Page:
Who is Evan?
Evan lives alone in Melbourne, Australia, and has one adult daughter. He describes his ethnic background as ‘Australian’: like both of his parents, Evan was born in Australia. His primary source of income is a social security benefit for people living with a disability.* He has had hepatitis C for over 20 years but currently doesn’t plan on having treatment.
Evan was diagnosed with hepatitis C around the late 1990s. He has had hepatitis C for over 20 years, but doesn’t intend to have treatment at this point, as he doesn’t feel unwell. In the years he has had hepatitis C, Evan has focussed on other health issues, including mental health concerns. Since acquiring hepatitis C, he makes sure never to share injecting equipment with others.
Due to his familiarity with hepatitis C at the time, Evan’s diagnosis didn’t concern him much: ‘I suppose if I was going to pick a word, I would say, [the diagnosis] didn’t appear to faze me much. [I] didn’t think, “I am going to die” or anything, because I knew my mum [had] had it forever, so just thought, “Okay”’.
While Evan has had hepatitis C for over 20 years, he says that he doesn’t have any plans to have treatment, because he doesn’t feel sick and he doesn’t drink alcohol. As he puts it: ‘I am not sick, yeah, I feel all right, and I don’t drink. The only thing I do, I don’t know whether it’s relevant or not, but the alcohol is probably relevant, but the only thing I do is I smoke cigarettes and I will use [heroin] twice a month’.
Over the years Evan has told a few regular doctors about his hepatitis C, and he says they haven’t directly encouraged him to have treatment. He thinks he informed his current doctor about his hepatitis C in an early appointment but they have ‘never discussed’ treatment: ‘[I] probably told him [about the hepatitis C] at the start [… and] I have had blood test[s] for things, because six years ago I got type 2 diabetes, but nothing has ever been said about [hepatitis C treatment …] I don’t think they have ever said, “Do a hep C test” or anything, yeah’.
While living with hepatitis C, Evan has primarily focussed on other health concerns, including some related to his mental health: ‘With my previous doctor […] it was always severe depression and personality disorder, but I think I would argue that one and just say, ‘We all have […some ups] and some downs’. But […] yeah, [the] mental illness thing has been there the whole time’.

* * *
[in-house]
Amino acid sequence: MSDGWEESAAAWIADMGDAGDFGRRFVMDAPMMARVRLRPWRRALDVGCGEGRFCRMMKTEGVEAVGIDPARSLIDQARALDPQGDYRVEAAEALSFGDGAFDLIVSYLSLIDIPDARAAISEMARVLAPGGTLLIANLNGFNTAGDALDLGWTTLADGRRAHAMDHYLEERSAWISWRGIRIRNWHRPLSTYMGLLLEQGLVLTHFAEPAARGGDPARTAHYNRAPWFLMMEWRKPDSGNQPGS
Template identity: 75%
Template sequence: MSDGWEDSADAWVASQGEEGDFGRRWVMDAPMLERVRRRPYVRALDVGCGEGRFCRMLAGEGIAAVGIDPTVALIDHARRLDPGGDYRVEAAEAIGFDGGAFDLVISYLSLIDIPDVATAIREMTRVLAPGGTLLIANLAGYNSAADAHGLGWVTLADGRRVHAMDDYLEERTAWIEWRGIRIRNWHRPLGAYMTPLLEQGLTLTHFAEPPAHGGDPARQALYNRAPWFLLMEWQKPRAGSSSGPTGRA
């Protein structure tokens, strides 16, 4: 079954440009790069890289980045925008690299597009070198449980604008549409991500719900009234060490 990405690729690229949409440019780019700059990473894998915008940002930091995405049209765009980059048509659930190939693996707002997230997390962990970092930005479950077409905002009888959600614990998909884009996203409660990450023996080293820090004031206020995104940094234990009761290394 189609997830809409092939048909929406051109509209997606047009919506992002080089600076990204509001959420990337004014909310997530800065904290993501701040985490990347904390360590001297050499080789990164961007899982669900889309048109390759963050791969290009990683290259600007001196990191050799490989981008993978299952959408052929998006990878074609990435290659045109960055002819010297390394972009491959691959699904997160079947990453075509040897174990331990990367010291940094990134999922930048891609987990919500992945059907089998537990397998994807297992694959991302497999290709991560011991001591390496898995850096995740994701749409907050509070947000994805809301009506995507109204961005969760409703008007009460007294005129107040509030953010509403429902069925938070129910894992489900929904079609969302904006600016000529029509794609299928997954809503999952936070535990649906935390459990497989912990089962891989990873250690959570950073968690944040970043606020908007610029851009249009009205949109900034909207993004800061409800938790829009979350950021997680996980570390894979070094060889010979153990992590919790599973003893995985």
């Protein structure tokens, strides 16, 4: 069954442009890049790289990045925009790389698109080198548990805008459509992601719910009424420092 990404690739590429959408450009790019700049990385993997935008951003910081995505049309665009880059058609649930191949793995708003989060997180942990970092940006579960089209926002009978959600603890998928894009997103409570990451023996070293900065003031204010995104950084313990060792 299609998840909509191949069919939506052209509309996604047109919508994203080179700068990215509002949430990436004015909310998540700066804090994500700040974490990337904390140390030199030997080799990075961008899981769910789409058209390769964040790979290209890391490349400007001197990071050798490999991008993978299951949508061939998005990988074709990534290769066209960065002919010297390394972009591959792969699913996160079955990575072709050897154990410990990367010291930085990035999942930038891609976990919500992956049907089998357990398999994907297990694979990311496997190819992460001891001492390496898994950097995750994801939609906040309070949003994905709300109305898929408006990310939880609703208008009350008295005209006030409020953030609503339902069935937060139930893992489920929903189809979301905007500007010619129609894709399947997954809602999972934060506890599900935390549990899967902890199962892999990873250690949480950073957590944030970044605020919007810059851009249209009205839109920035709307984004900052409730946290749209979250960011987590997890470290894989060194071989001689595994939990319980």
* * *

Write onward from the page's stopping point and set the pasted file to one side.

*Services Australia Disability Support Pension.
Evan (M, 45, no treatment experience) describes spending around a week in hospital after being diagnosed with hepatitis C. He told his mother about the diagnosis and recalls that she didn’t seem worried about it.
By memory, it was just in the emergency department, so I have gone in really sick, all yellow and admitted as being a drug user, and they have just said that, ‘You have got a hep C flare-up, you just have a hep C flare-up, and we are going to admit you and we are just going to do blood tests and watch your levels and will let you go when you are all right’. So, I ended up there maybe a day over a week or just shy of a week, so like six or eight days […] I told my mum […] Didn’t really seem to faze her, yeah, if I am honest.
Also focussing on injecting, Evan (M, 45, no treatment experience) describes being careful about using new equipment and making sure to keep it separate when injecting with other people.
Well, everything has to be my own equipment, everything has to be brand new, like, I won’t, yeah, I won’t share a spoon, you know, [or have] two people drawing out together, or any of that sort of stuff. I won’t do anything like that, and [I] sort of got this from my mum, because I don’t know, maybe you learn […] Why do we put two sugars in coffee? Because we saw adults do it, so we think two sugars have to go in a coffee.
Evan (M, 45, no treatment experience) explains that while he is unsure whether he agrees with his mental health diagnoses, his mental health is the focus on his meetings with his doctor. This means that, for him, hepatitis C is one of a number of health issues needing attention.
Yeah, mental health […] Yeah, it was always severe depression and personality disorder, but I think I would argue that one and just say, ‘We all have […some ups] and some downs’. But let’s say, it’s usually been about that […] I remember when I was 23 or 24 […] it seemed to be mostly what we were dealing with every time I’d go see him – apart from doing my prescribing, when it needed to be done.